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Un-Disciplining Literature

Literature, Law, and Culture

Kostas Myrsiades and Linda Myrsiades

This collection offers fresh and challenging essays by scholars in law, English and comparative literature, social and political thought, and communication studies. It explores unique angles of vision that allow us to read legal opinions as well as criminal cases, abortion clinic violence, trial testimony (victim impact statements), legal authority, and legal fictions of personal and national identity (passports). The literature it analyzes ranges from Shakespeare's Richard II and The Merchant of Venice to Margaret Atwood's The Handmaid's Tale, E. M. Forster's A Passage to India, Michael Ondaatje's The English Patient, Anthony Trollope's Orley Farm, and Virginia Woolf's Mrs. Dalloway. Providing a breadth of material, this collection breaks through disciplinary boundaries as new voices challenge old paradigms, pushing marginalized questions into the center of the literature and law enterprise.
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Splitting the Baby

The Culture of Abortion in Literature and Law, Rhetoric and Cartoons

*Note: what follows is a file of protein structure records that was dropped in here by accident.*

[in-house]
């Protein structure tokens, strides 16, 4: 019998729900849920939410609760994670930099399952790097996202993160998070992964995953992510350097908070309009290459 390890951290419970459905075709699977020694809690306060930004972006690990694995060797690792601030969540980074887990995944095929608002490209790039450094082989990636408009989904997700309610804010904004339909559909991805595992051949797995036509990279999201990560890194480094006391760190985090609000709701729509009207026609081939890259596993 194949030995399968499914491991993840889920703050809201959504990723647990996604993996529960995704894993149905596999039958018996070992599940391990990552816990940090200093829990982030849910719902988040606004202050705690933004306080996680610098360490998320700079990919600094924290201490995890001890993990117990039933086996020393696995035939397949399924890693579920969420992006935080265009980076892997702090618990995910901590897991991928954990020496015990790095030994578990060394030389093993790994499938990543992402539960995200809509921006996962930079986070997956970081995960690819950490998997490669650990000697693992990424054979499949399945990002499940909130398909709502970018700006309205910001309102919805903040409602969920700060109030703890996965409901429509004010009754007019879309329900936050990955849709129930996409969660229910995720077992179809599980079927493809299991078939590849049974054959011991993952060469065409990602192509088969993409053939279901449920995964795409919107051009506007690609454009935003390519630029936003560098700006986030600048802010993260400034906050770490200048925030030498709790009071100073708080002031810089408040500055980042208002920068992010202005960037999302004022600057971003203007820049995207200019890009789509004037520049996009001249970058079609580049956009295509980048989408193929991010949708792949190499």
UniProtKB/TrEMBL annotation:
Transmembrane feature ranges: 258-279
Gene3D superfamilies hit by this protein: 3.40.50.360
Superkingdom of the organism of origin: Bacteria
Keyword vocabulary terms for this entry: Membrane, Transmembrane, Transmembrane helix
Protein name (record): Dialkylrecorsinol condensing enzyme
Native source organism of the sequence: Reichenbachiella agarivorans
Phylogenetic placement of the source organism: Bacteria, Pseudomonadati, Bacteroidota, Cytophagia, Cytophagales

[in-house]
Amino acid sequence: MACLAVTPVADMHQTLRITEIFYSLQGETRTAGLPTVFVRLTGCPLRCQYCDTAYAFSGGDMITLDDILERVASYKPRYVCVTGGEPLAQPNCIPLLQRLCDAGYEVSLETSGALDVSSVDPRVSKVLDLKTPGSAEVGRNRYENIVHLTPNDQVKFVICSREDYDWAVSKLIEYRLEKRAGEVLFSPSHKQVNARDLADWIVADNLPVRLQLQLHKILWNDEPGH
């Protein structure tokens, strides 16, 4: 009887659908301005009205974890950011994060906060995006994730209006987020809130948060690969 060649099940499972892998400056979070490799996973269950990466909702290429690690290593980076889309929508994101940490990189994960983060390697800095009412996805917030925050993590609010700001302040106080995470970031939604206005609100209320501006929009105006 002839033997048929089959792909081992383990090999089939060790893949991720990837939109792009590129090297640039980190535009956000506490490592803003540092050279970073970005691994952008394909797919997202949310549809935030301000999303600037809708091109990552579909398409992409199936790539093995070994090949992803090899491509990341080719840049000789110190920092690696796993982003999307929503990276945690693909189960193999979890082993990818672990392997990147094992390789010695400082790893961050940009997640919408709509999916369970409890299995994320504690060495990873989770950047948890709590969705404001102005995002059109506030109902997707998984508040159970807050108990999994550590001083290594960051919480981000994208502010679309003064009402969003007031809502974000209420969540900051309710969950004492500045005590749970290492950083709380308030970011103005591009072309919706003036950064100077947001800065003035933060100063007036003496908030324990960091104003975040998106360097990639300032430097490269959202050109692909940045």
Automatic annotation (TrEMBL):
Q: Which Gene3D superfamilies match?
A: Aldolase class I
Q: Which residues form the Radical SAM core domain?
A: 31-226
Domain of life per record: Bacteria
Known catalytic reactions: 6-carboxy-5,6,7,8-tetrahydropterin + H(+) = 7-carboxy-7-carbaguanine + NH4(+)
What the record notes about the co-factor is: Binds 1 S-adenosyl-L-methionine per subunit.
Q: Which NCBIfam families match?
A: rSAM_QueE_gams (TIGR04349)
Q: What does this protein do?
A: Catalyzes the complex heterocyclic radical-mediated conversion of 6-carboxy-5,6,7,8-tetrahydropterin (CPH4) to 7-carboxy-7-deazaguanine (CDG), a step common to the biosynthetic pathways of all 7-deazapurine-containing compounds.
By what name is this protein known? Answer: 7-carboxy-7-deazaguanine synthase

Linda Myrsiades

Splitting the Baby is one of the few cultural approaches to the study of abortion. It considers abortion culture in the variety of its faces in American history and law through the literary and visual arts – poetry, short fiction, cartoons, advertising, and rhetoric. Examining the expressive world of cultural products presents a more human side to the abortion wars, interrupting our hold on singular ideas to more fully engage abortion as a conversation. Intended for students of literature and law, cultural studies, women’s studies, and interdisciplinary studies, this book capitalizes on the richness of abortion culture without limiting it to a singular political or disciplinary perspective. Because it accesses the deep well of care and concern behind the legal and political problems that arise from the abortion debate, it opens its readers to an experience that is fundamental to the human condition – an experience that touches both life and death, the cradle and the grave.